GLYNN: Tubman worthy of currency honor | Opinion

It didn’t draw much attention because President Donald Trump usually captures the daily headlines, even with his tweets often riddled with insults.

You probably know, however, that the plan to replace President Andrew Jackson on the $20 bill with legendary abolitionist Harriet Tubman will never come to fruition. At least, that’s the impression from Treasury Secretary Steven Munchin, who made it quite clear that changing the face on the $20 was not a priority, especially since ‘Old Hickory’ is Trump’s favorite president.

Why should anyone care about Tubman? For starters, she aided fugitive slaves on their long and agonizing journey from the Deep South along the Underground Railroad to Canada, where they were guaranteed freedom.

If you take the time to look at some of the large sketches in the lobby of the new Niagara Falls Train Station, you’l find interesting information about Tubman, called the ‘Moses of Her People.’

There’s also a sketch of the Suspension Bridge (forerunner to the Whirlpool Bridge) built n 1848 as a carriage and foot bridge. Historians note that same span, rebuilt in 1855 with railroad tracks on the top level and the carriage road below, undoubtedly was a crossing that Tubman and her URR group used to reach the ‘Promised Land.’ She may be denied a place on the $20 bill but there’s a nice portrait of her in the lower lobby of the new station, where the museum and URR exhibits will one day be featured.


RECORD BREAKER: Hillary Clinton’s new book “What Happened” has sold some 300,000 copies in its first week. It also set a record for audiobook sales over the same period. Publisher Simon & Schuster has printed additional copies three times. A report in Time magazine stated that now more than 800,000 copies are in print (available at local bookstores).

Several authorities on Clinton’s high-profile career have praised the former U.S. Secretary of State in President Barack Obama’s administration for her memoir that is both revealing and poignant.

When a stanuch anti-Hillary customer at Players Lounge on Niagara Street was asked to comment on the author’s obvious success with the book, he snapped to a reporter, “They should put her in jail! Lock her up!”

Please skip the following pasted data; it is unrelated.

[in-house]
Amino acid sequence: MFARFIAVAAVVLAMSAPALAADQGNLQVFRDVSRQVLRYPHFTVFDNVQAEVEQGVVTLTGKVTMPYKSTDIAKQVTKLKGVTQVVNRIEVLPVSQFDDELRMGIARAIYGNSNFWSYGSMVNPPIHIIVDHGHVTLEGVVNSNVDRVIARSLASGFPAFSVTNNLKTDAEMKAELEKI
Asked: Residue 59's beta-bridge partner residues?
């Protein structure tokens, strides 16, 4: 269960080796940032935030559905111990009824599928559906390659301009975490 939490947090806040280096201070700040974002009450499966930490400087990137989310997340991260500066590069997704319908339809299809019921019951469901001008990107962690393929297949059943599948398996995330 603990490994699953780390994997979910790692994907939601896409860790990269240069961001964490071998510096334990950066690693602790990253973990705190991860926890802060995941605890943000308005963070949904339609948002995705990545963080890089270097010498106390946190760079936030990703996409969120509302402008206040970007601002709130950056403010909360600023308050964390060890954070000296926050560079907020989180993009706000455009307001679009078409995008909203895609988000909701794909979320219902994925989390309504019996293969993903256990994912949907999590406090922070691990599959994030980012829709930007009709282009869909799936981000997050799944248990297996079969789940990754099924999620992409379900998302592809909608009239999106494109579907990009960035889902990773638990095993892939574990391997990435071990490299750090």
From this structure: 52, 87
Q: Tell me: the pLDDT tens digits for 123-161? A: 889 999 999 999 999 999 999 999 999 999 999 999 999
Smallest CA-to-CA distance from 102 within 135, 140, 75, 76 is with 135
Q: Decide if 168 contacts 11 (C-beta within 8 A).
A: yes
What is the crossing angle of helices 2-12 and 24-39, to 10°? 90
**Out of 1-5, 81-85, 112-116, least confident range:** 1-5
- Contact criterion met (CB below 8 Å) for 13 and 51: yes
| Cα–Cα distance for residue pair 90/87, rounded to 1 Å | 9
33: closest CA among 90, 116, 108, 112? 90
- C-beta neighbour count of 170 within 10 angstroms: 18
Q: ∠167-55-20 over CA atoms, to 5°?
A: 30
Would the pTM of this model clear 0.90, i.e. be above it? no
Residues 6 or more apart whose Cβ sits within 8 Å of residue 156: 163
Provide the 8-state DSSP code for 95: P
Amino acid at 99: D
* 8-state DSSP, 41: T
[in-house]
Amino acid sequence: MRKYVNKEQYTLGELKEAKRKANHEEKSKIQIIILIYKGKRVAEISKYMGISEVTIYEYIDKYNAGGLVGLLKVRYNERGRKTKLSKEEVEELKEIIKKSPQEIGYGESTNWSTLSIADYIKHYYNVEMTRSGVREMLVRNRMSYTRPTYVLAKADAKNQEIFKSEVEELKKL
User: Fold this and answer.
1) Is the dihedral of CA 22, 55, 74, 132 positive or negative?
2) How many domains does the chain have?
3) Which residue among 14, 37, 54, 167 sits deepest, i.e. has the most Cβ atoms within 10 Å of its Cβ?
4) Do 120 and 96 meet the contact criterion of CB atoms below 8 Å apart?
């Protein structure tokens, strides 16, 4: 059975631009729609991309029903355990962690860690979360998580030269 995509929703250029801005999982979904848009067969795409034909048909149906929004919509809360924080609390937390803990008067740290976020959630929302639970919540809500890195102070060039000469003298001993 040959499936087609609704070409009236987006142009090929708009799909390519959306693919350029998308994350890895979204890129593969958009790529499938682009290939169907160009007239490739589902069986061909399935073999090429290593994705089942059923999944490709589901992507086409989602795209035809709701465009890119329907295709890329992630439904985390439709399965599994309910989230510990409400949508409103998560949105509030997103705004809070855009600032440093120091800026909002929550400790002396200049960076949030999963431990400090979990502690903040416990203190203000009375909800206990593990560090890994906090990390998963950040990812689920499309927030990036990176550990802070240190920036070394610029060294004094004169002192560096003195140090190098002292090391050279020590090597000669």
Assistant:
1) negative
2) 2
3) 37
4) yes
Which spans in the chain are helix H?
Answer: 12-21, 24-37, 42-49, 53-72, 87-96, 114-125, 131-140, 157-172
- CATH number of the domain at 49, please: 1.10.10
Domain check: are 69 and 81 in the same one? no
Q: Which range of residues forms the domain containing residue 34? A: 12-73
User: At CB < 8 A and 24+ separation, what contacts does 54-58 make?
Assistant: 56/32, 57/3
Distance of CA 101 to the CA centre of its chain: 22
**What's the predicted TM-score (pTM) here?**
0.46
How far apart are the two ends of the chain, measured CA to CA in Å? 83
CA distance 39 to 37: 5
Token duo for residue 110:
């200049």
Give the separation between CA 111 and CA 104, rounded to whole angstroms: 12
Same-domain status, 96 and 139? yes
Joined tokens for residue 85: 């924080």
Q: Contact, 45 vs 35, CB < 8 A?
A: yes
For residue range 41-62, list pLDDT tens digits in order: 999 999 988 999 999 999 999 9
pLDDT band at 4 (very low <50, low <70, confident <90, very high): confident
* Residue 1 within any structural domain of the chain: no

LOSING SEASON: The regional state park commission revenues have been dealt a severe blow by the absence of its always-popular swimming pool closed for the entire summer while construction continued on a new bathhouse and related facilities in Fort Niagara State Park, Youngstown. Summer-like temperatures have lured many visitors to the park along the Lake Ontario shoreline during last weekend when, of course, the toll booths were shut down too. As a result, many local residents aware of the situation seized the opportunity to enjoy a picnic without paying the $8 parking fee. At times, some park visitors were observed swimming and playing around in the lake despite a nearby “No Swimming” sign posted at the water’s edge.


TIME TO REFLECT: Hundreds of people traditionally attend the annual Rosary Crusade at Our Lady of Fatima Shrine, Swann Road, in Lewiston. The event is set for today, 2 to 3:30 p.m., is sponsored by the Niagara Council of Catholic Women.

The Most Rev. Edward M. Grosz, auxiliary bishop of the eight-county Buffalo Diocese and a former pastor of two Niagara Falls parishes, will serve as this year’s homilist. Monsignor J. Thomas Moran, retired pastor of St. Bernard’s Church, Youngstown, is the moderator. Dolores Laurrie, a member of Holy Family of Jesus, Mary and Joseph Parish (St. Joseph’s at Pine Avenue and Tronolone Place), has chaired the crusade committee.

Everyone attending the event will be offered a free rosary.

Other participants will include the Ambrosia family from St. Peter Parish, Lewiston, crowning the statue of Mary, and St. Peter School’s bell choir, performing.


TRIVIA QUIZ: (Answer for Thursday): The call letters of longtime Niagara Falls radio station WHLD stand for Helen Langmuir Deuel whose husband Alanson C. Deuel owned both the station and the Niagara Falls Gazette. This newspaper is now owned by Community Newspaper Holdings Inc. (CNHI), which acquired it from the Gannett Newspaper Group in 1997.


Contact reporter Don Glynn at 282-2311, ext. 2246.

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